Monday, September 16, 2013
Cycnoches barthiorum is native of Colombia where it grows epiphytically near sea level.¹ When I bought this plant in 2005 it was not without some trepidation as it had a reputation as a difficult orchid to keep in cultivation. At the same time I got this plant I acquired some other Cycnoches. I had never grown Cycnoches and wanted to see how they would adapt to my local climatic conditions.
I planted the Cycnoches in plastic pots which I modified (see photo) to allow for maximum aeration of the roots. The media used for this orchid was medium sized bark pieces. To ensure the best drainage, a layer of Styrofoam chips was put in the bottom of the pot.
I would fertilize this plant only when it was growing. When the new pseudobulb reached its mature size I would stop fertilizing the plant. To insure that the plant would get plenty of fertilizer when it was producing the new pseudobulb, I would put a few bits of cow manure on top of the media.
The plant would get full sun from about eight in the morning to 11 and during the rest of the day it would get the dappled sunlight that filtered through the canopy of the trees that surround my house. This orchid stayed in the same place for all the years I had it. This sunlight seemed to suit the plant well. However because the amount of sunlight my terrace gets changes with the seasons, by September it would be getting full sun earlier in the morning, I suspect this resulted in a few black spots in the otherwise perfect foliage. However September is also one of the wettest months of the year so perhaps the spots could have been due to the high humidity.
My plant thrived under the local climate and bloomed unfailingly every year since its very first one with me. It would produce two inflorescences in a year and on rare occasions a third smaller one. Its blooming season was in September and October. After blooming, late in the year, the plant would lose its leaves and remain dormant for months, until it would start growing the next year.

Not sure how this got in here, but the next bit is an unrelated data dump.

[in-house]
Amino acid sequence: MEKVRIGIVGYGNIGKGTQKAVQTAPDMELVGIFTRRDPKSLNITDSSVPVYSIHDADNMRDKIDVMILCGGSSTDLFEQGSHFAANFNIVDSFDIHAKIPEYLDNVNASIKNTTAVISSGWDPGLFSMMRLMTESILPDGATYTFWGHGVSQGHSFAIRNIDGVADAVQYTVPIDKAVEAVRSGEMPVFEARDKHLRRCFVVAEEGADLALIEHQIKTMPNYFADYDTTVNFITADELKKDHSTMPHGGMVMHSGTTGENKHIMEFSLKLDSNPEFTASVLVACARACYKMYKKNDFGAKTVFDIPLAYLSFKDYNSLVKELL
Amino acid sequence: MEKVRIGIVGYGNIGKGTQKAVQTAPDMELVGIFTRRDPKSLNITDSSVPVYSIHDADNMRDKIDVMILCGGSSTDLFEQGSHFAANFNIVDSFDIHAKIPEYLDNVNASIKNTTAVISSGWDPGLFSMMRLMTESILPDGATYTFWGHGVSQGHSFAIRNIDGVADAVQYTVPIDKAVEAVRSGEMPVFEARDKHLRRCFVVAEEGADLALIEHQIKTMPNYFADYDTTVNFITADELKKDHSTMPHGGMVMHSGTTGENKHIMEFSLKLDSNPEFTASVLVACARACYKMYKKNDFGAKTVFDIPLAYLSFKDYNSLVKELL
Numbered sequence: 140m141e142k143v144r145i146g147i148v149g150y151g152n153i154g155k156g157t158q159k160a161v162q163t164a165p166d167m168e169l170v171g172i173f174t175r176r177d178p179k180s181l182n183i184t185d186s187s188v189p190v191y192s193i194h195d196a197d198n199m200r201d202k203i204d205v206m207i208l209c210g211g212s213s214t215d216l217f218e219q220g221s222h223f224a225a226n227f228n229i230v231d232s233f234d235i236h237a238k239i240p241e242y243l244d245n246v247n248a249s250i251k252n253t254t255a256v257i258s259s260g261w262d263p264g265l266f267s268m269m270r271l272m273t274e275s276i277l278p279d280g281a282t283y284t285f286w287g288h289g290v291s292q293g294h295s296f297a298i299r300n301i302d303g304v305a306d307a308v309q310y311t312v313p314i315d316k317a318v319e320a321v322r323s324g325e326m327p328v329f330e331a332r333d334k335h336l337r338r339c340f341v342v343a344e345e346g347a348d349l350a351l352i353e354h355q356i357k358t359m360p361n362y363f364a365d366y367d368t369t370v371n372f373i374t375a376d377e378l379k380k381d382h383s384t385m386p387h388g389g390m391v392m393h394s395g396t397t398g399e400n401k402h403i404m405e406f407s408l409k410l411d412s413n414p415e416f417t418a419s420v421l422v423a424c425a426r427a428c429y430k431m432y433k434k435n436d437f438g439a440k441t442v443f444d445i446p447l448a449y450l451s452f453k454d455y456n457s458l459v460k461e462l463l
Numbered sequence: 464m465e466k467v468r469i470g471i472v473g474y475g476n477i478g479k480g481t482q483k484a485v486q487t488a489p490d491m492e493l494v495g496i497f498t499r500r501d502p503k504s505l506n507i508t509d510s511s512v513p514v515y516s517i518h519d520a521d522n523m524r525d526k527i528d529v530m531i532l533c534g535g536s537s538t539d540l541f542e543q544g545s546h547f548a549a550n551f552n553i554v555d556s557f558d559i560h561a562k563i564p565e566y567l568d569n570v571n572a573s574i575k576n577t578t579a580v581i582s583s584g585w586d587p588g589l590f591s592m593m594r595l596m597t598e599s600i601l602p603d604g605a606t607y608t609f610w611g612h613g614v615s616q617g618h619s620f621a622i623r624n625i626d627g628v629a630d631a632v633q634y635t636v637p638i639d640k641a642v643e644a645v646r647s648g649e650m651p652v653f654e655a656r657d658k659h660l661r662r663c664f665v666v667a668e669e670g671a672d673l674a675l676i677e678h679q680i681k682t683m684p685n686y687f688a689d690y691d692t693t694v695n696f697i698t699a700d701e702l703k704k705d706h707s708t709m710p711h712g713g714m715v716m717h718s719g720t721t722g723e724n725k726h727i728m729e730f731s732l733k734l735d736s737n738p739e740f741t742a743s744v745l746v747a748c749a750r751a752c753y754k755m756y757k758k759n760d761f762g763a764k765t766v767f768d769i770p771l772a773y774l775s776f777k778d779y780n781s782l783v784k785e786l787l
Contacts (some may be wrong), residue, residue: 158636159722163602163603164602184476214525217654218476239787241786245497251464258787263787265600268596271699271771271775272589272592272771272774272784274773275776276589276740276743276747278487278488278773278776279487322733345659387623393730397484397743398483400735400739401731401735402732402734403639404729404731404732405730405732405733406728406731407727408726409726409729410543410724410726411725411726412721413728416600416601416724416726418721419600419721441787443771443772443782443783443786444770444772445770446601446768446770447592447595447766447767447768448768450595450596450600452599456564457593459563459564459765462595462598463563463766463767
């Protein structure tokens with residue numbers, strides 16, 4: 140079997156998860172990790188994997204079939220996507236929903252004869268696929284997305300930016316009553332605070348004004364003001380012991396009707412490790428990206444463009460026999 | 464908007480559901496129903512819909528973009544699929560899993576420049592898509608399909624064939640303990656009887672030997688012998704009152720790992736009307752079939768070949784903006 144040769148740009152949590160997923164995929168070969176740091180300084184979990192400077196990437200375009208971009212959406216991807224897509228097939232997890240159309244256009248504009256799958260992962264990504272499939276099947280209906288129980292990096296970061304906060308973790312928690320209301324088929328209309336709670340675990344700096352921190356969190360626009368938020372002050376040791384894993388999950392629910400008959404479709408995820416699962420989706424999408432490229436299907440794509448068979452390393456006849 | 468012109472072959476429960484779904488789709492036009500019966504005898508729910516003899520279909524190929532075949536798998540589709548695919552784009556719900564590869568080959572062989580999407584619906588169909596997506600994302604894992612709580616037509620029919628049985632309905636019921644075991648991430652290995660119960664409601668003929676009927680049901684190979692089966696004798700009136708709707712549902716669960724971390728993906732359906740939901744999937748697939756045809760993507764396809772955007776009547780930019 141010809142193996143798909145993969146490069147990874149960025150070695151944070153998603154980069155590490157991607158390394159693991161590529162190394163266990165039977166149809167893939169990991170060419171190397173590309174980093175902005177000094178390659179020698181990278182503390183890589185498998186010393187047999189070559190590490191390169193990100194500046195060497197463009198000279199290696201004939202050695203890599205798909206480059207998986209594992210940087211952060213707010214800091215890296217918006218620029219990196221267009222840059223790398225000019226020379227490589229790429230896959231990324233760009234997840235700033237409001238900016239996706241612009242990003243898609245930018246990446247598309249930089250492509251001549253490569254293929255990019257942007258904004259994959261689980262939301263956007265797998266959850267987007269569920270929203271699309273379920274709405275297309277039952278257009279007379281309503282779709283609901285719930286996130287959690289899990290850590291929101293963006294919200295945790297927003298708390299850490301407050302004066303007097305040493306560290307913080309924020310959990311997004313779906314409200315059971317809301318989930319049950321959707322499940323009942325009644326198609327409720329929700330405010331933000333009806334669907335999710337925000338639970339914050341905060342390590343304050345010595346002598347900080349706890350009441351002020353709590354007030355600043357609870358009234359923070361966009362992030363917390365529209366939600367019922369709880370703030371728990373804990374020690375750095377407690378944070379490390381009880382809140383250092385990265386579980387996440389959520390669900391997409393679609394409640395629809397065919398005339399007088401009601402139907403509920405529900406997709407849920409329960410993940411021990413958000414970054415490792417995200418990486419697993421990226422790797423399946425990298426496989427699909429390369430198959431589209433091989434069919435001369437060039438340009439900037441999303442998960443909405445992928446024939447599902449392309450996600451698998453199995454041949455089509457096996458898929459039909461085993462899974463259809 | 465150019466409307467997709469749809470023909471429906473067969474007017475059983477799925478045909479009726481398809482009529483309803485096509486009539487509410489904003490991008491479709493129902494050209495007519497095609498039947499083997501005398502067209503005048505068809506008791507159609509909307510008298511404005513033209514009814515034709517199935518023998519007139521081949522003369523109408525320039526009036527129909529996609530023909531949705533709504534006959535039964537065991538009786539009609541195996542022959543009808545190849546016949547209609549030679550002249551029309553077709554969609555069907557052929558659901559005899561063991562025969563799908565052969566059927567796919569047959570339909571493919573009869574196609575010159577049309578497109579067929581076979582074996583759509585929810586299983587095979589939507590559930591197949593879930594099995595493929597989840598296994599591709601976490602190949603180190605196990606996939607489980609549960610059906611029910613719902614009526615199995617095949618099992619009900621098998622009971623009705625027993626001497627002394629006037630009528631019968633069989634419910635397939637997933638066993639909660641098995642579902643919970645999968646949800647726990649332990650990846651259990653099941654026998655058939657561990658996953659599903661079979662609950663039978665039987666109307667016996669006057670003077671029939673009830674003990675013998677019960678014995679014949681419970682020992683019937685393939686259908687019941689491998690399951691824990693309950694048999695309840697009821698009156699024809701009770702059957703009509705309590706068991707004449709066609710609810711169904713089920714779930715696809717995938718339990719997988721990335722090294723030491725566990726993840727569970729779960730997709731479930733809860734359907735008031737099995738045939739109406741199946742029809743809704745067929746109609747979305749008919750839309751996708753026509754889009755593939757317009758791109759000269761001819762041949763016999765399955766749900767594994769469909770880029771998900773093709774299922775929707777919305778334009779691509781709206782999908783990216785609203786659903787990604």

This plant growth/bloom cycle mashed perfectly with the local dry/wet season cycle. I never had to water this plant as the local precipitation would supply all the water the plant needed. During the dry season I could ignore his plant completely as it was resting in a leafless condition. Curiously the only pest this plant ever suffered was some curious cottony insects in the leaves. These insects were easily vanquished using some alcohol. Surprisingly, I lost the other Cycnoches to snails and rot, but barthiorum seemed unfazed by anything nature would throw at it.
This orchid was so reliable in its growing and blooming cycle that I didn’t bother to try to get some new plants out of it. This was an unfortunate error. I should have cut some pieces of the pseudobulb to make new plants. In 2011 I noted a yellow spot on the side of one of the pseudobulbs. I cut the piece out but this didn’t help. The plant succumbed to rot a few weeks later. By then I had cut a number of pieces from plant and some even had begun to sprout new growths. But apparently all had been infected with the same thing that had killed the mother plant. One by one all rotted away. So there is a lesson for us orchid growers, never take a plant for granted, even the hardiest, resistant orchid can die of rot if we are not careful.
¹La Croix, I. F. 2008. The new encyclopedia of orchids: 1500 species in cultivation.